Sometimes, a book is released that catches you by surprise. I reviewed the Disneyland Encyclopedia and realized that it was going to be one of my favorite and most important research tools. I emailed the author, Chris Strodder, and asked him a few questions about writing and researching the book.
How did you research the book?
I researched the book mainly through decades of meticulous observation. I’ve been visiting the park steadily since the 1960s, collecting materials and taking notes since the 1970s. Since the era of the Annual Passports began, I’ve visited hundreds of times, especially in the last decade as I’ve prepared the two editions of this book. I’m one of those people who doesn’t need to go on any rides to enjoy the park–I happily walk around for days with my tape measure, my stopwatch, and my notebook while taking hundreds of photos of signs and doorways and murals and everything else for future reference.
But this isn’t a book of personal anecdotes, as you know. It’s a fastidiously researched history book. For decades I’ ve been reading everything (not just the expected Disney literature) that mentions the park, which explains a bibliography of about 100 books, a reference to an old MAD magazine that did a feature on “Dizzyland,” quotes from an article by humorist P.J. O’Rourke, the obscure history books and biographies and old newspapers I cited, info from various museum exhibits I’ve attended, plus a reference to a one-man show that ran in San Francisco and was put on by a man who worked at Disneyland for years. As with the 2008 edition, I tried to be as comprehensive and thorough in my research as possible. What’s wonderful is that there are so many books and articles to find: Disneyland is an inexhaustible subject, and there will always be plenty of park for all of us to write about.
When did you get the idea for it?
I got the idea for the book about ten years ago. I was reading lots of Disneyland history books, and most of them told the park’s story chronologically. That’s one way to tell it, of course, but what I wanted was an up-to-the-minute book in an encyclopedia format where I could look up each thing in the park and read its complete history without skipping from chapter to chapter through the book to track down the thing’s ongoing evolution. I also wanted to focus on Disneyland history right up to the present–so many books with Disneyland in the title are really more about local motels, nearby restaurants, and other attractions in Southern California, and their Disneyland coverage pretty much carries over from previous editions with the same generic information rooted in the past, even though the park is constantly and ambitiously evolving. So I started writing up my information and observations and research as separate encyclopedia entries to isolate and explore just about everything that’s ever been in the park, with frequent trips to keep the details fresh and current (I got in items as late as April, 2012, and to the publishing company’s credit they had the book in bookstores and libraries less than two months later).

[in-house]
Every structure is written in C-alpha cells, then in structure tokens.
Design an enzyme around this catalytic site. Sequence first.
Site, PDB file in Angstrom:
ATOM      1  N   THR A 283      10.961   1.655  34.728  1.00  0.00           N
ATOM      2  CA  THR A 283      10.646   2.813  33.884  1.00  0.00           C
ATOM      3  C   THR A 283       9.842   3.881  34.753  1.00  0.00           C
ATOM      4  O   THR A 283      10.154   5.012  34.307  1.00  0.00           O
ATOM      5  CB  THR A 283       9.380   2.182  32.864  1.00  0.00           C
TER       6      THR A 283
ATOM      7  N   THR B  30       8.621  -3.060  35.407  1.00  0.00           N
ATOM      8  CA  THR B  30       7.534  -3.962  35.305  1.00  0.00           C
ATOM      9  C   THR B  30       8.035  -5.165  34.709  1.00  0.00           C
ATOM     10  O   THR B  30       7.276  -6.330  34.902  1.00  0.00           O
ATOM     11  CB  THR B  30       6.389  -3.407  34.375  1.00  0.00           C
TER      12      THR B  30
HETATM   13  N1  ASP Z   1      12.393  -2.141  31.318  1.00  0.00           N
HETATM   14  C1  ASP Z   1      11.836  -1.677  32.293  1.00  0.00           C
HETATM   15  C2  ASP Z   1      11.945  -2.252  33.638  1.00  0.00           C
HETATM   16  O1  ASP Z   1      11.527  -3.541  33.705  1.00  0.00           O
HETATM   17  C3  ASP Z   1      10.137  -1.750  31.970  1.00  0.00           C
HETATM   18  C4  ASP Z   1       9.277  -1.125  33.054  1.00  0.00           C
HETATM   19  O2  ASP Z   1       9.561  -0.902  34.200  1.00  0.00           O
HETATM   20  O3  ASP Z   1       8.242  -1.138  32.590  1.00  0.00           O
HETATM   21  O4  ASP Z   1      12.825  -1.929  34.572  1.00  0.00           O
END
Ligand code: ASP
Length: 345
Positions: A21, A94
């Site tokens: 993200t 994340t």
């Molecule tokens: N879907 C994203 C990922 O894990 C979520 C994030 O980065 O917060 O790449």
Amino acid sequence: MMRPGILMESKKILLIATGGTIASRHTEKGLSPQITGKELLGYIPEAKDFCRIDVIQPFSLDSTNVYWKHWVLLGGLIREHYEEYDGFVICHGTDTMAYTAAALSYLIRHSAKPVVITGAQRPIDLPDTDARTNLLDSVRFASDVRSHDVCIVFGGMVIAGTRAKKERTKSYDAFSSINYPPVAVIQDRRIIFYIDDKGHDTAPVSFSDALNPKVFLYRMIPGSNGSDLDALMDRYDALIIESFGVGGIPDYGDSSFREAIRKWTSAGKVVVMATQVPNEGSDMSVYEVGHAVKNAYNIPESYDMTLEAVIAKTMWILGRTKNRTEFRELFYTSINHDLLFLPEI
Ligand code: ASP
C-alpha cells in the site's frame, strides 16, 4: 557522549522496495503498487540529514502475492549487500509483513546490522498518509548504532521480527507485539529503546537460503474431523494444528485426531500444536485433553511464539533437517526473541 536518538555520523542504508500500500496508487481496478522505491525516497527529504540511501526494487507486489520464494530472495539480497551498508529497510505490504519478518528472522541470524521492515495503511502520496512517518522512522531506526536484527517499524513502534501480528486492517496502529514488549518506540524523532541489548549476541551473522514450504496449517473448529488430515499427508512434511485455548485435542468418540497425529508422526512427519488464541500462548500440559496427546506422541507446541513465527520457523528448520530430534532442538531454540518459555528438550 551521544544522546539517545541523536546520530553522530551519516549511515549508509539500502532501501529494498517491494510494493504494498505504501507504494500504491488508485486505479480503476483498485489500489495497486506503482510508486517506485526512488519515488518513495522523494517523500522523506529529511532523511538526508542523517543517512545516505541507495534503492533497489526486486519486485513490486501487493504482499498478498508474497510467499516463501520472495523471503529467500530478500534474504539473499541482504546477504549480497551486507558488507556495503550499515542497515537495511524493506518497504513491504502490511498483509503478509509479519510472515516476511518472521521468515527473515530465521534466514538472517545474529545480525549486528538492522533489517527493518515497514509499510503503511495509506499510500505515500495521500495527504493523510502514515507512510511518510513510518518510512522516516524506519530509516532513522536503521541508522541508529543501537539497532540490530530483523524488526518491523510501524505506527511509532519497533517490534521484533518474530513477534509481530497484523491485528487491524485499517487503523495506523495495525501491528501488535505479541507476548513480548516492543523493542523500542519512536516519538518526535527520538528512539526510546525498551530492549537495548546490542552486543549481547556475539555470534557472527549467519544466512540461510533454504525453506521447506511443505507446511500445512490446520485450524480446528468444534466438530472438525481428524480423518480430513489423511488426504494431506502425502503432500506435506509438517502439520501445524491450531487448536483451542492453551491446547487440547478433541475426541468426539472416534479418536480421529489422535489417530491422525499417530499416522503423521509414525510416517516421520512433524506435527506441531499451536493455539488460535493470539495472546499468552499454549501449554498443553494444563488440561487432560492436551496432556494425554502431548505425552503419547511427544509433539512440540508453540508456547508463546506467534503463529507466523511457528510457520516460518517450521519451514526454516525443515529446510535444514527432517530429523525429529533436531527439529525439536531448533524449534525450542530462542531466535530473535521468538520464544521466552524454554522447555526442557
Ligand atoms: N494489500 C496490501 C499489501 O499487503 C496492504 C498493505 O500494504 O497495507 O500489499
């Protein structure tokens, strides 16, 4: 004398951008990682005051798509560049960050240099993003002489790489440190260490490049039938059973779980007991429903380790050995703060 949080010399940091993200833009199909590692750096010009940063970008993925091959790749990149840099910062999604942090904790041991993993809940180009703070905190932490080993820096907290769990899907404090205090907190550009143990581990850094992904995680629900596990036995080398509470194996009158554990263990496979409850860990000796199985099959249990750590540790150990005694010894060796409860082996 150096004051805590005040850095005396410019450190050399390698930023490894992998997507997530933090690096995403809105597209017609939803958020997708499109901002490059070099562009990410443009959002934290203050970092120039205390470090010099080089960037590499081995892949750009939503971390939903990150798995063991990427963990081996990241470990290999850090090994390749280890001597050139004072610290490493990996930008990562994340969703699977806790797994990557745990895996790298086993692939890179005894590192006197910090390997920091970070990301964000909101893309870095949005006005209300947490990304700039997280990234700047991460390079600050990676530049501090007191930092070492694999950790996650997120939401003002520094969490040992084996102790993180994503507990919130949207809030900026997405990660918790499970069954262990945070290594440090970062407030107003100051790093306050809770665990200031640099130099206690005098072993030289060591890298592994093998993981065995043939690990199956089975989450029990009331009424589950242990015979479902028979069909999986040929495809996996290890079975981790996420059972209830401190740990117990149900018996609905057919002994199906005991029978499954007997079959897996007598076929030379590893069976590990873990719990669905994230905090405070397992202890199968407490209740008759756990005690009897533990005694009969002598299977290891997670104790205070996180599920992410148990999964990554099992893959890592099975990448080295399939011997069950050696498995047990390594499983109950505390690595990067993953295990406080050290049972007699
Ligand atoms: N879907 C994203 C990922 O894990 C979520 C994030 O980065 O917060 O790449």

What was the hardest entry to research?
No one entry stands out as being the hardest to research, but the hardest thing to accomplish for the book was the photography. As in the first edition, I tried to take 350 photos that spotlighted the buildings, not the crowds. The park is so photogenic, anyone can show up and point a camera almost anywhere and snap a nice photo. But I think that ease also leads to laziness; I remember seeing official Disney photos looking down Main Street where the photographer left the big box for his tripod in the shot, as if nobody would notice. So I wanted to take careful photos–for instance, most photos of buildings have no people in them, if you notice. To me people in photos can sometimes be distracting (I also understand how they can add energy and happiness to a photo, but I see lots of photos like that and hardly any with no people in the shot, which are much harder photos to take, thus my quest to do something different). When you see my photos of the castle and Haunted Mansion, and it’s a sunny afternoon but no people are shown, it’s not because I was there when the park was closed or because I had some special access; it’s because I stood out front for 45 minutes waiting for the exact moment when nobody was in the frame and all attention would be on the unobstructed buildings.
What has been the biggest change that you have noticed over the years?